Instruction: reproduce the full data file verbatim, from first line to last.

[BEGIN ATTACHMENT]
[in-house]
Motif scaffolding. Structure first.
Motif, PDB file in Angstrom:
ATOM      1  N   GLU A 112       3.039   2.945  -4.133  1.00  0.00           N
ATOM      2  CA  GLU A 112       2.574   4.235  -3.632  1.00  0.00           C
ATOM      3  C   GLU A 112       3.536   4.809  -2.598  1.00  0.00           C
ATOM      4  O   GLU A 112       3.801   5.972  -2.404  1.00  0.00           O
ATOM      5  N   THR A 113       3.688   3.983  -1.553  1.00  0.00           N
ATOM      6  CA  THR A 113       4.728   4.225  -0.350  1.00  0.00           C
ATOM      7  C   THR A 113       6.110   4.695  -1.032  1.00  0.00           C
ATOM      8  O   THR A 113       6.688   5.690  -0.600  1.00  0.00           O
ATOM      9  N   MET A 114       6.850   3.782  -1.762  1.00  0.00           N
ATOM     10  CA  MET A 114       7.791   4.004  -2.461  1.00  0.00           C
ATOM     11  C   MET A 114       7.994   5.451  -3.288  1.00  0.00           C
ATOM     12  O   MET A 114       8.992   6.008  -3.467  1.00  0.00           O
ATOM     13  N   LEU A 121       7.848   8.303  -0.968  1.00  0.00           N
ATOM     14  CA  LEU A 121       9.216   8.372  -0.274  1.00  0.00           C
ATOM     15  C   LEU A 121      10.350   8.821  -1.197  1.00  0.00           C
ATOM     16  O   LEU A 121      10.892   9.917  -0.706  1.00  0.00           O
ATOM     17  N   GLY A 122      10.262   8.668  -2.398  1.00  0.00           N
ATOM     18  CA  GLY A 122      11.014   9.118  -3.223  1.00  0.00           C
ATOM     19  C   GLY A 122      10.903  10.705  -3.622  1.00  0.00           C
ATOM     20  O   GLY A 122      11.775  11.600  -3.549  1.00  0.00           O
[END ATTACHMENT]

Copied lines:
[in-house]
Motif scaffolding. Structure first.
Motif, PDB file in Angstrom:
ATOM      1  N   GLU A 112       3.039   2.945  -4.133  1.00  0.00           N
ATOM      2  CA  GLU A 112       2.574   4.235  -3.632  1.00  0.00           C
ATOM      3  C   GLU A 112       3.536   4.809  -2.598  1.00  0.00           C
ATOM      4  O   GLU A 112       3.801   5.972  -2.404  1.00  0.00           O
ATOM      5  N   THR A 113       3.688   3.983  -1.553  1.00  0.00           N
ATOM      6  CA  THR A 113       4.728   4.225  -0.350  1.00  0.00           C
ATOM      7  C   THR A 113       6.110   4.695  -1.032  1.00  0.00           C
ATOM      8  O   THR A 113       6.688   5.690  -0.600  1.00  0.00           O
ATOM      9  N   MET A 114       6.850   3.782  -1.762  1.00  0.00           N
ATOM     10  CA  MET A 114       7.791   4.004  -2.461  1.00  0.00           C
ATOM     11  C   MET A 114       7.994   5.451  -3.288  1.00  0.00           C
ATOM     12  O   MET A 114       8.992   6.008  -3.467  1.00  0.00           O
ATOM     13  N   LEU A 121       7.848   8.303  -0.968  1.00  0.00           N
ATOM     14  CA  LEU A 121       9.216   8.372  -0.274  1.00  0.00           C
ATOM     15  C   LEU A 121      10.350   8.821  -1.197  1.00  0.00           C
ATOM     16  O   LEU A 121      10.892   9.917  -0.706  1.00  0.00           O
ATOM     17  N   GLY A 122      10.262   8.668  -2.398  1.00  0.00           N
ATOM     18  CA  GLY A 122      11.014   9.118  -3.223  1.00  0.00           C
ATOM     19  C   GLY A 122      10.903  10.705  -3.622  1.00  0.00           C
ATOM     20  O   GLY A 122      11.775  11.600  -3.549  1.00  0.00           O